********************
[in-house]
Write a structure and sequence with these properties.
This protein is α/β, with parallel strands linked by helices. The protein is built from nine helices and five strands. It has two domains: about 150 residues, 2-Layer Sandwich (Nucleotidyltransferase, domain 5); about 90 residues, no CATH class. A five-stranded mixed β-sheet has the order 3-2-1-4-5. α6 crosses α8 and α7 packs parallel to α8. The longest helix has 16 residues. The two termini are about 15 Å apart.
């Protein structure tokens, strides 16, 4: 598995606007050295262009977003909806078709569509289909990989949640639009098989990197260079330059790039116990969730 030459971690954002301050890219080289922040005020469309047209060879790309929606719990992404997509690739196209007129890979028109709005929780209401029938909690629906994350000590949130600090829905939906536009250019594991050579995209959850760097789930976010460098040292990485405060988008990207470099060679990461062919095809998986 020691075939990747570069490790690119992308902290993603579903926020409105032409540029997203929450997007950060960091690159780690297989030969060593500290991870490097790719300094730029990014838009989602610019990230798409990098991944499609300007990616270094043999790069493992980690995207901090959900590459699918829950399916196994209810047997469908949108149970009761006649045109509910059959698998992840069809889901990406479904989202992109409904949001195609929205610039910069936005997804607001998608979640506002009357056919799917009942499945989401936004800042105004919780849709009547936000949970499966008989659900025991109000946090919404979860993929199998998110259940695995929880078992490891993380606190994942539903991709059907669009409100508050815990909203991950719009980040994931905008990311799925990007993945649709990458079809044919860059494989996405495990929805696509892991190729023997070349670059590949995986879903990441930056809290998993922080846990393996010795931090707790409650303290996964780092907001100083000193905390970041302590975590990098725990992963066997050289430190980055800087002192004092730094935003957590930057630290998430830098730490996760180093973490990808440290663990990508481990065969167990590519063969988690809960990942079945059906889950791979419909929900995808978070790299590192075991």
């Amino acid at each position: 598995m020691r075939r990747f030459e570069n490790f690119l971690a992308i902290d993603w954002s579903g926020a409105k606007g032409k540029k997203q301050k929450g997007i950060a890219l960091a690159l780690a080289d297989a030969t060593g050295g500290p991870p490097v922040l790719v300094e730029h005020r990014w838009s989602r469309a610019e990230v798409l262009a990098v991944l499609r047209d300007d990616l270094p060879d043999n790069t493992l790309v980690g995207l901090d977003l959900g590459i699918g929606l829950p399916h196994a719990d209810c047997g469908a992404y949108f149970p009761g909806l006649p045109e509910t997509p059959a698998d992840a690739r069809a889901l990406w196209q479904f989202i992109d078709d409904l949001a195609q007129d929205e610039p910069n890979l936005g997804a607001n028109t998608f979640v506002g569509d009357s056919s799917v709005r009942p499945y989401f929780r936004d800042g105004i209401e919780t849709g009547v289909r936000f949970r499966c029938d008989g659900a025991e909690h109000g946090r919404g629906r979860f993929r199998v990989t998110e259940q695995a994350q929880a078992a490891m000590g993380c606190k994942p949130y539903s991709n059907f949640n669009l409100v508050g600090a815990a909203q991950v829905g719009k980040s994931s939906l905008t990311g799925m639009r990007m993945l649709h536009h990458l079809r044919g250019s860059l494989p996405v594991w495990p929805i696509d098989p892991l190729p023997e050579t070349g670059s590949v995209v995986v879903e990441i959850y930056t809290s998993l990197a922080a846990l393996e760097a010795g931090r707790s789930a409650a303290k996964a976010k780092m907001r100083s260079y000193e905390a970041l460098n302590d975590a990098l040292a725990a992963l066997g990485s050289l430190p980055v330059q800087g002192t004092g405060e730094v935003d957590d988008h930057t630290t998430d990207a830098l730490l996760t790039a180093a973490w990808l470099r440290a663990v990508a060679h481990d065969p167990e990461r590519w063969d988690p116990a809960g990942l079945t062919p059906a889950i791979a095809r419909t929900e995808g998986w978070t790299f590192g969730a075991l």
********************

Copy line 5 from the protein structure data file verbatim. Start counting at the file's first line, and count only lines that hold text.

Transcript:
């Amino acid at each position: 598995m020691r075939r990747f030459e570069n490790f690119l971690a992308i902290d993603w954002s579903g926020a409105k606007g032409k540029k997203q301050k929450g997007i950060a890219l960091a690159l780690a080289d297989a030969t060593g050295g500290p991870p490097v922040l790719v300094e730029h005020r990014w838009s989602r469309a610019e990230v798409l262009a990098v991944l499609r047209d300007d990616l270094p060879d043999n790069t493992l790309v980690g995207l901090d977003l959900g590459i699918g929606l829950p399916h196994a719990d209810c047997g469908a992404y949108f149970p009761g909806l006649p045109e509910t997509p059959a698998d992840a690739r069809a889901l990406w196209q479904f989202i992109d078709d409904l949001a195609q007129d929205e610039p910069n890979l936005g997804a607001n028109t998608f979640v506002g569509d009357s056919s799917v709005r009942p499945y989401f929780r936004d800042g105004i209401e919780t849709g009547v289909r936000f949970r499966c029938d008989g659900a025991e909690h109000g946090r919404g629906r979860f993929r199998v990989t998110e259940q695995a994350q929880a078992a490891m000590g993380c606190k994942p949130y539903s991709n059907f949640n669009l409100v508050g600090a815990a909203q991950v829905g719009k980040s994931s939906l905008t990311g799925m639009r990007m993945l649709h536009h990458l079809r044919g250019s860059l494989p996405v594991w495990p929805i696509d098989p892991l190729p023997e050579t070349g670059s590949v995209v995986v879903e990441i959850y930056t809290s998993l990197a922080a846990l393996e760097a010795g931090r707790s789930a409650a303290k996964a976010k780092m907001r100083s260079y000193e905390a970041l460098n302590d975590a990098l040292a725990a992963l066997g990485s050289l430190p980055v330059q800087g002192t004092g405060e730094v935003d957590d988008h930057t630290t998430d990207a830098l730490l996760t790039a180093a973490w990808l470099r440290a663990v990508a060679h481990d065969p167990e990461r590519w063969d988690p116990a809960g990942l079945t062919p059906a889950i791979a095809r419909t929900e995808g998986w978070t790299f590192g969730a075991l």